He spent more than a dozen years running some of the best restaurants on the Strip, beginning with his five-star Renoir at The Mirage and ending with his Michelin two-star Alex at Wynn Las Vegas. Now he’s running the kitchen at Marche Bacchus in Desert Shores, in the suburbs and far removed from the tourism corridor, at least figuratively. But as Alex Stratta relaxed in the restaurant’s lakeside dining area on a recent afternoon, he seemed nothing if not content.
Stratta had been recruited for The Mirage by owner Steve Wynn, who was familiar with his award-winning cuisine at The Phoenician resort in Scottsdale, Ariz. After Wynn sold The Mirage to build Wynn Las Vegas, Stratta followed him across the street, opening first the fine-dining Alex and later the rustic-Italian Stratta. Alex closed in early 2011 (Stratta not long after), and Stratta was quoted at the time as saying he was “bummed.” Today, he’s more philosophical.
“I had a great run with Steve Wynn,” he said. “Alex closed at a time when fine dining was morphing into more casual dining. We went out on top.”
For the relatively low-profile Stratta, who long has expressed a desire to shun the celebrity-chef spotlight, it was the beginning of a shift in focus.
“I wanted to have more of a family life,” he said, with his children, twins Marco and Bianca, now 6. It was time, he thought, to leave behind the hard-driving life of a fine-dining chef. The twins had moved with their mother to San Jose, Calif., and Stratta wanted to be closer to them. He left Las Vegas late that year, taking jobs first in San Francisco and then in Los Angeles. He would be gone for about a year and a half.
“It just seems a lot longer,” Stratta said with a laugh.
And it turned out to be a period of introspection.
“I found out a lot about myself,” he said, including the discovery that he couldn’t leave the hard-driving chef behind.
“Unfortunately, I’m kind of built that way,” he said.
Stratta returned to Las Vegas.
“This is where I belong,” he said. “I’ve been here for 13 years, the first three kicking and screaming.”
In Las Vegas he rejoined his friends, who included Jeff and Rhonda Wyatt, owners of Marche Bacchus. With one of his former sous chefs in the kitchen, he started consulting for the couple. That chef moved on, and though he has been replaced, Stratta recently took on a much more prominent role at the restaurant, helping the Wyatts with a thorough revamping of the menu.
“My focus right now is all Marche, all the time,” he said. “I really think we’re going to live up to our potential. We’ll be solid by summer.”
The new menu, he said, will reflect “the roots of what they ought to be — a French bistro. The fundamentals done correctly. Approachable and true to form. Lower prices.”
That, he said, will include simplifying things somewhat.
“These younger chefs want to make their mark,” he said. “This isn’t the forum for that. You can do that with things like wine dinners.”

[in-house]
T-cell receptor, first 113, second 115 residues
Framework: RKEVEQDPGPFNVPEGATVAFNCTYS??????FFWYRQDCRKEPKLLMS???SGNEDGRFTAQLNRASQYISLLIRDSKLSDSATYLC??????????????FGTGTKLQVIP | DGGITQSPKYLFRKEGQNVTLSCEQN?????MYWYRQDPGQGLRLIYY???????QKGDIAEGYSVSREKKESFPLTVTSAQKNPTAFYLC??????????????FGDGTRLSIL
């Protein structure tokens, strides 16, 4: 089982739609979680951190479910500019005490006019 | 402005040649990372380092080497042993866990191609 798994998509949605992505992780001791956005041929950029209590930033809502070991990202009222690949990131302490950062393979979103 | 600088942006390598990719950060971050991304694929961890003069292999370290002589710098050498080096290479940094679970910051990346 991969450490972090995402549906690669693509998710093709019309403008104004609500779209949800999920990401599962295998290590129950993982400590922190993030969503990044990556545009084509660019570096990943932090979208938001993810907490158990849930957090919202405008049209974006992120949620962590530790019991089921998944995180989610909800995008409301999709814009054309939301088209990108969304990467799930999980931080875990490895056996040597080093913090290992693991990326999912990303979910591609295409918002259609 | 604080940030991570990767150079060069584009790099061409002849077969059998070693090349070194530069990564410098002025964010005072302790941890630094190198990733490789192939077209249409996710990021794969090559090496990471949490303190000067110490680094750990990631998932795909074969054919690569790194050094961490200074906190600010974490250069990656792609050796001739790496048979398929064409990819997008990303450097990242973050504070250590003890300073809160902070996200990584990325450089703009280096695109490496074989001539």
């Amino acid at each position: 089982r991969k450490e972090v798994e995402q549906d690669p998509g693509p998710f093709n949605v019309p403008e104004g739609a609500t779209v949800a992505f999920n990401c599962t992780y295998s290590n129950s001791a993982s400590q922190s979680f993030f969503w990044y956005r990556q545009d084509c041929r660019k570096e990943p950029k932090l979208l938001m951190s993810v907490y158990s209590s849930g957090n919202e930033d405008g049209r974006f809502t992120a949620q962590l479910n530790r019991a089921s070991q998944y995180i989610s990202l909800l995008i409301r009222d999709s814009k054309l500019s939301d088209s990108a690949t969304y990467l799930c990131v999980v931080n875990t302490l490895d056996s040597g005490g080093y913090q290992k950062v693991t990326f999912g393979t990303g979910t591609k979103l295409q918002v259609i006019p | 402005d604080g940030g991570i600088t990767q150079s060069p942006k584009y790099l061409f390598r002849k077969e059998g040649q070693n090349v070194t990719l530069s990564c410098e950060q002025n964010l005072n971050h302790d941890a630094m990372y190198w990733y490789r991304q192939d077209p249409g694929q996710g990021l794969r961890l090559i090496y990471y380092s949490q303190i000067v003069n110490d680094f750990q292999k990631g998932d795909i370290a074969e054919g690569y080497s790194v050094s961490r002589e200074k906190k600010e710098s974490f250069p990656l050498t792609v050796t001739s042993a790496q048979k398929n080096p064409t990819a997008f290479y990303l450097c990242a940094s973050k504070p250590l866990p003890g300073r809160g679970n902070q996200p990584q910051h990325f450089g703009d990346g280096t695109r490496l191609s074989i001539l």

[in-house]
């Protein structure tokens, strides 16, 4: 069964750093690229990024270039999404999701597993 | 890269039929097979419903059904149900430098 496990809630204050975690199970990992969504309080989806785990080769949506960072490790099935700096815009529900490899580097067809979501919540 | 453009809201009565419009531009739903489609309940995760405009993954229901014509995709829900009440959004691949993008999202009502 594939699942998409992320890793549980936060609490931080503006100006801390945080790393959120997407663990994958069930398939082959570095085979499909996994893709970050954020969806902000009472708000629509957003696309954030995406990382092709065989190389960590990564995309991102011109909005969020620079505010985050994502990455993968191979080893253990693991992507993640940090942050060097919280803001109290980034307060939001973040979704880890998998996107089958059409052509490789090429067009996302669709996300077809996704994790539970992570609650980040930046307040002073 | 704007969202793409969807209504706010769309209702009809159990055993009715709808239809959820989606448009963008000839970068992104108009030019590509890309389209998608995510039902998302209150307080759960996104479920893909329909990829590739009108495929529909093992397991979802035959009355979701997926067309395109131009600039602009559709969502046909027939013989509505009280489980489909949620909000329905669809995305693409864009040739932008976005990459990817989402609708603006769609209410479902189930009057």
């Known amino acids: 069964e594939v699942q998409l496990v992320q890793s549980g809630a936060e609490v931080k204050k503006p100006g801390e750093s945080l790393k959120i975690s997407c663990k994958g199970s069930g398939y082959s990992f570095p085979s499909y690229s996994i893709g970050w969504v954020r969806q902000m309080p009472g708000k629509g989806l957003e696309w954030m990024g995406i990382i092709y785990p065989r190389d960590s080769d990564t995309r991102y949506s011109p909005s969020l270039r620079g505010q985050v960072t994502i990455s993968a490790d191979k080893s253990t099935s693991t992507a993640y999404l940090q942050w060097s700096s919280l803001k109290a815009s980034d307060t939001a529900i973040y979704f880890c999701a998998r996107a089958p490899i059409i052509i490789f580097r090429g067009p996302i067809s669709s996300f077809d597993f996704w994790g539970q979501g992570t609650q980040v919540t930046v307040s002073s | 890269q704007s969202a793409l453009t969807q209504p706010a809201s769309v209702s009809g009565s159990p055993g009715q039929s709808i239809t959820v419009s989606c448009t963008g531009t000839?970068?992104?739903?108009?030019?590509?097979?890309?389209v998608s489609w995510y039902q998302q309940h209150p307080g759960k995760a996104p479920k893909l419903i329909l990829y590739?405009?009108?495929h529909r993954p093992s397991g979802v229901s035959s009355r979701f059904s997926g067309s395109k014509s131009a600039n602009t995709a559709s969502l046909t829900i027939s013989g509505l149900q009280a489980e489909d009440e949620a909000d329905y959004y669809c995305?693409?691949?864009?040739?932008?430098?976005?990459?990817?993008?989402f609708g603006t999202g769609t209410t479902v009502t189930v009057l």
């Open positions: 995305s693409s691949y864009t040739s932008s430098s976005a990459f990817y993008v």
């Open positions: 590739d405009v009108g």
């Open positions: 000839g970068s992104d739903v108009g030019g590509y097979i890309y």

And eventually, it won’t be the forum for Stratta, either. While he said he plans to stay at Marche Bacchus “indefinitely,” he does aim to once again run his own show.
“I want to rebuild my reputation,” he said. “I do think that fine dining is something I don’t want to do anymore. I want to cook more from the heart and less from the head. I want a chance to be the local restaurant that everybody goes to. I’ll be 50 this year. I want to try something else before it’s too late.”
That might mean the suburbs, probably Summerlin, he said.
“You can’t develop an intimacy when people only come in four times a year,” which seems to be the maximum frequency in most of the tourism corridor.
It probably will be rustic Italian-American, with French accents.
“I want it to be affordable, so people can come in two or three times a week,” he said. “I’m going to put as much love into a plate of pasta as I do foie gras.”
He wants the concept to be a strong one — “where we can do something in Henderson and it doesn’t lose its integrity and get diluted.”
He’s definitely planning to break new ground.
“I want it to do something unusual, but not funky,” Stratta said. “You have to gear it to who’s coming.”
That might translate to a location in downtown Las Vegas.
“In less than two years, the promise of downtown seems to be happening,” he said. “There are too many people working too hard for it not to work.”
As the downtown dining scene has been revitalized greatly during the past few years, one thing it still lacks is a destination restaurant.
“That is the goal,” Stratta said. “The timing should be really good.”
Then again, he thinks he’d be willing to go back to the Strip.
“I’d love to go back to Steve,” Stratta said. “He put me on the map in Las Vegas. He gave me everything I needed.”
A Wynn spokeswoman said the company doesn’t comment on former employees.
But Stratta wouldn’t rule out the other corporations.
“They’re all great properties,” he said.
Michael Severino, who as director of marketing and special events for Southern Wine &Spirits has worked with Stratta over the years, said he welcomes the chef’s return to local dining.
“I think Alex is one of the originals, back 15 years ago when he was a powerhouse at Renoir at The Mirage, and the work he did over at Wynn,” Severino said. “His pedigree is outstanding; his father was a hotelier. He only brings a wealth of knowledge, and his temperament is excellent for any young chefs as well.
“He’s done things for the university. He’s done a lot of charity events, he’s helped Southern Wine with events, he’s helped Keep Memory Alive. He’s a credit to the community.”
Contact reporter Heidi Knapp Rinella at firstname.lastname@example.org or 702-383-0474.